Okayama Economic Review
Published by the Economic Association of Okayama University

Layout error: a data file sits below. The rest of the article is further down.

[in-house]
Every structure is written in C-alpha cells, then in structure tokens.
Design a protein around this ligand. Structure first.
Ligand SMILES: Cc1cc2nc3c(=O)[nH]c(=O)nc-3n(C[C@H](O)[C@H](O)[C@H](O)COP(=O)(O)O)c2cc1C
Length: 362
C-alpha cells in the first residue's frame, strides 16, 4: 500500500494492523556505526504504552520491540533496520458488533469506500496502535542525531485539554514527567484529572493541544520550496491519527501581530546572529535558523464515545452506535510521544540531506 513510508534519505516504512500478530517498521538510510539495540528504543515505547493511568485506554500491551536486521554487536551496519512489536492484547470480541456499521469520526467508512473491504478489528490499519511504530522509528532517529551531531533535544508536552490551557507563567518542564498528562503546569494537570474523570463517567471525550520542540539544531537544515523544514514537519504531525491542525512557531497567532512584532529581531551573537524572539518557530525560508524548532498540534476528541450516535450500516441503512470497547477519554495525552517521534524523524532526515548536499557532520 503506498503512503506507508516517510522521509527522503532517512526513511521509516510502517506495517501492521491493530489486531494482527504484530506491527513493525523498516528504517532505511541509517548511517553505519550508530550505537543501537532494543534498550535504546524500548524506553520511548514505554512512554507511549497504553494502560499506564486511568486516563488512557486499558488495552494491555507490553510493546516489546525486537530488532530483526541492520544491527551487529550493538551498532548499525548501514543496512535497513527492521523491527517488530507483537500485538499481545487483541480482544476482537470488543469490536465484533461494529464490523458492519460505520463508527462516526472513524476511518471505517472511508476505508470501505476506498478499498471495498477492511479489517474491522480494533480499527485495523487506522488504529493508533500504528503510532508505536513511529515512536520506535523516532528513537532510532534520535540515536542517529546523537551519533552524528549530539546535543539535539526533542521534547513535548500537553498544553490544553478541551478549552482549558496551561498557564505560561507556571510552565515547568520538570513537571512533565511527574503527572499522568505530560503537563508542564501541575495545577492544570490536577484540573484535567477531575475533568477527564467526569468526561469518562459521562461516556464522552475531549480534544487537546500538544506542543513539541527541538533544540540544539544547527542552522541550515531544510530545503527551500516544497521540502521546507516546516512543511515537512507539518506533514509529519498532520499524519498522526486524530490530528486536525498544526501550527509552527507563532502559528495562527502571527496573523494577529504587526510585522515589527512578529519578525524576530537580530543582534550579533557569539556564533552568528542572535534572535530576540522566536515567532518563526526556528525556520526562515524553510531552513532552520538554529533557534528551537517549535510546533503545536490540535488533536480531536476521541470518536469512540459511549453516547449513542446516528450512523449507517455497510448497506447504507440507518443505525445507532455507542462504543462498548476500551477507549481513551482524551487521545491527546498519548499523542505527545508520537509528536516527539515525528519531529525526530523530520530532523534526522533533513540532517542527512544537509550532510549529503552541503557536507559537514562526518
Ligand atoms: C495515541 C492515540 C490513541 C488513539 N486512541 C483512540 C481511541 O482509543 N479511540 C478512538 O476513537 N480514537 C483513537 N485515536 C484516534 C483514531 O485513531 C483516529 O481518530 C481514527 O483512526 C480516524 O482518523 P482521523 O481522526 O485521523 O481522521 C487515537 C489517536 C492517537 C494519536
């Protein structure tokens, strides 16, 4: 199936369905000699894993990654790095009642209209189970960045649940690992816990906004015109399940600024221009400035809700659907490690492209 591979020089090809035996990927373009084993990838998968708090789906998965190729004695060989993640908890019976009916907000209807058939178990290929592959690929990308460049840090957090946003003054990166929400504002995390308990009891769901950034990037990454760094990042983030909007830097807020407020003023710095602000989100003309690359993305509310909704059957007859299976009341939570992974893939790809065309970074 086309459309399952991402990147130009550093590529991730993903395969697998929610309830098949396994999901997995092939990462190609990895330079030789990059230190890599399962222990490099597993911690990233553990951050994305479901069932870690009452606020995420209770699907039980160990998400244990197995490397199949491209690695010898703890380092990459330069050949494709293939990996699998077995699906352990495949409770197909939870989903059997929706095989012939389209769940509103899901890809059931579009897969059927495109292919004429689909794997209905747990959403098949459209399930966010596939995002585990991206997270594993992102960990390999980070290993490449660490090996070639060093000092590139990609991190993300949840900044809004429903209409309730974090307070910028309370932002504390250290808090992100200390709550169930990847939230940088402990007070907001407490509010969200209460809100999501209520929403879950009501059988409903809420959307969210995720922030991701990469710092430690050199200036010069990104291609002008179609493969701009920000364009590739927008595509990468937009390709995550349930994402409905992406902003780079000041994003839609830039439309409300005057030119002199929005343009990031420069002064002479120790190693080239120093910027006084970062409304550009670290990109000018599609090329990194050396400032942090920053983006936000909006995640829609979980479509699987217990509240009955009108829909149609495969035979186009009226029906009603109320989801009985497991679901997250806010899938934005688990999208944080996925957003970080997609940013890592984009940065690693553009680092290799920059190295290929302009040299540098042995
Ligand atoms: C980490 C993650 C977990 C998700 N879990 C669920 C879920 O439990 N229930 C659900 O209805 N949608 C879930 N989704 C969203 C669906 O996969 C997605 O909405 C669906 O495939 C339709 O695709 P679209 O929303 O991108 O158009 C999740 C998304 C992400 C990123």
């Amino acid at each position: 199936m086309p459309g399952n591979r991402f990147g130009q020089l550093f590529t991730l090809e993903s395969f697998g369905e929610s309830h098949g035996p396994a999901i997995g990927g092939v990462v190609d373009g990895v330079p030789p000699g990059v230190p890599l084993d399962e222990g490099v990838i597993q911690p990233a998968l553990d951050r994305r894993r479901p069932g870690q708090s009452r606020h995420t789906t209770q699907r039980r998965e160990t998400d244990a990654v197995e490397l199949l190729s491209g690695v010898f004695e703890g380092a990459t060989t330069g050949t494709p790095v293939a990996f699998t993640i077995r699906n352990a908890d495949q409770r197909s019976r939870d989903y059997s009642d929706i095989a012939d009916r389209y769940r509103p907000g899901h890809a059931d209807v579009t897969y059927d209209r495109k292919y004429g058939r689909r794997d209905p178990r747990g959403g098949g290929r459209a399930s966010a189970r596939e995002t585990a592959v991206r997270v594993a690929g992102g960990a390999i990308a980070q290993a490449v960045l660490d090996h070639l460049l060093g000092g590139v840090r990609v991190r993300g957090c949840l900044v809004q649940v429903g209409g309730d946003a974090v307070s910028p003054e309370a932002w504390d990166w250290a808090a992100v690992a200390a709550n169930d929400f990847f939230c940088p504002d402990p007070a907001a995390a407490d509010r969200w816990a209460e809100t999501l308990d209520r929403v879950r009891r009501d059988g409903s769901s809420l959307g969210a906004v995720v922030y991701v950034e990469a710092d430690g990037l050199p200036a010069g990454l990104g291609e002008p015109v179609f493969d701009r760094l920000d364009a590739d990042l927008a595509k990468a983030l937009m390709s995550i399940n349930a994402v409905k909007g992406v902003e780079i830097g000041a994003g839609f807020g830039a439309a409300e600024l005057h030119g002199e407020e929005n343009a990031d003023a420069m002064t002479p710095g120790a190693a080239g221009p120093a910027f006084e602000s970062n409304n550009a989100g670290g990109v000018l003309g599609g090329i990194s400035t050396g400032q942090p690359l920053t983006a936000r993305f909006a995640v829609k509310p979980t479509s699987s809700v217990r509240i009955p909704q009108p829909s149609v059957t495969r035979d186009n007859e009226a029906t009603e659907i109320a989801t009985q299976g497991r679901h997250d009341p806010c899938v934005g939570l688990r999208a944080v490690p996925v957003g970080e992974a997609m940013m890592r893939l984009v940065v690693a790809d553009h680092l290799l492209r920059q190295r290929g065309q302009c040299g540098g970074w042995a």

The legal weekly working hours in France have been reduced to 35 hours from 2000 by the so called "Aubry’s law" of 1998. After the victory of conservatives in the legislative election in 2002, the conservative government is trying to moderate the regulation of overtime work, stipulated by the Aubry's laws of 1998 and of 2002, in order to make it a dead letter. However, the 35 hours work is not only supported by the public, but also positively accepted by big companies. In this paper, I show the real feature of 35 hours work at the company level, based on my interviews with French carmakers, Renault, Peugeot SA, and Toyota Motor Manufacturing France (TMMF), and on their unions−management agreement about the application of 35 hours law of 1998. The main results of this analysis are as follows. Firstly, the negotiations between unions and management for fixing their agreement were the occasion to revise their industrial relations, because the problem of working hours was the central issue influencing entire life of employees, and have served to stabilize their relations. Secondly, the carmakers positively evaluate the 35 hours law, because the law has allowed the flexibility of work organization, by which they can realize considerable economy of scale. Thirdly, they are receiving the government’s financial aide given to the companies, which have applied 35 hours régime and increased their employment. For these last two reasons, the carmakers are able to lower their unit labor cost in spite of the increase in the hourly wage. At the last analysis, they surely profit from the 35 hours law, and have no reason to object to it.